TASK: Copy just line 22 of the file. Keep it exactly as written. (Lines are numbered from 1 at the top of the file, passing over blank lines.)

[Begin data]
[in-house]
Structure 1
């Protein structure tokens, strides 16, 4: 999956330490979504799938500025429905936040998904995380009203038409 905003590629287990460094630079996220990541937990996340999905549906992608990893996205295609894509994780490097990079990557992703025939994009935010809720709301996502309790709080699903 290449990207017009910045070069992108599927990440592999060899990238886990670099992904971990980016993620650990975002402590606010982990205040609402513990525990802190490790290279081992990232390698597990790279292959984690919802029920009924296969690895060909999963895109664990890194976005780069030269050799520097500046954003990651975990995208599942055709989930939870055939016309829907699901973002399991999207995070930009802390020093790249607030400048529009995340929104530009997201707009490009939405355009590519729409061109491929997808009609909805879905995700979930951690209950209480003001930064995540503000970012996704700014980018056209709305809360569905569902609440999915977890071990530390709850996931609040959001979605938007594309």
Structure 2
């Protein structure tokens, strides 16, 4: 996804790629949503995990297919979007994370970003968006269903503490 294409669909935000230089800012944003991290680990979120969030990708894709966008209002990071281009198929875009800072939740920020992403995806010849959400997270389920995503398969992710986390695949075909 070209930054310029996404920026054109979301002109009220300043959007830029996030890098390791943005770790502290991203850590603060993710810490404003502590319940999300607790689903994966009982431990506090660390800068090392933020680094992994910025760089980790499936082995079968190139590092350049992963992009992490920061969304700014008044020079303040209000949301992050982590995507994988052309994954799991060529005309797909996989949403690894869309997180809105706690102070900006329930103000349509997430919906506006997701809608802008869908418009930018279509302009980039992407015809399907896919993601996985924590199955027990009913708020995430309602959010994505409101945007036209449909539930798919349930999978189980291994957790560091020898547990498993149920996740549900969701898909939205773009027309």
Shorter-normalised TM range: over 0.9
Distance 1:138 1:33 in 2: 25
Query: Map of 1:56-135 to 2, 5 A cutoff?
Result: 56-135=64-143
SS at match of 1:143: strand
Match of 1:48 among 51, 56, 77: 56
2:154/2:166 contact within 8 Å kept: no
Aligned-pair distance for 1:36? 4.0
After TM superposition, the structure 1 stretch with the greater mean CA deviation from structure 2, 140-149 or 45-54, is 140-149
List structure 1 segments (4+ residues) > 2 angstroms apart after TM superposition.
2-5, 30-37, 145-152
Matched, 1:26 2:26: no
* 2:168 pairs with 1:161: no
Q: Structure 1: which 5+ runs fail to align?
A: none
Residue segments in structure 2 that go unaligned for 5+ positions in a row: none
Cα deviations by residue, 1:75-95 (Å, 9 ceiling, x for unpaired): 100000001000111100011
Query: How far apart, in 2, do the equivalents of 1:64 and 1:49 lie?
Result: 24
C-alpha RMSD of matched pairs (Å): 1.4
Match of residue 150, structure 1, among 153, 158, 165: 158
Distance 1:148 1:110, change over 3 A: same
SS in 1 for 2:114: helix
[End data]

Cα deviations by residue, 1:75-95 (Å, 9 ceiling, x for unpaired): 100000001000111100011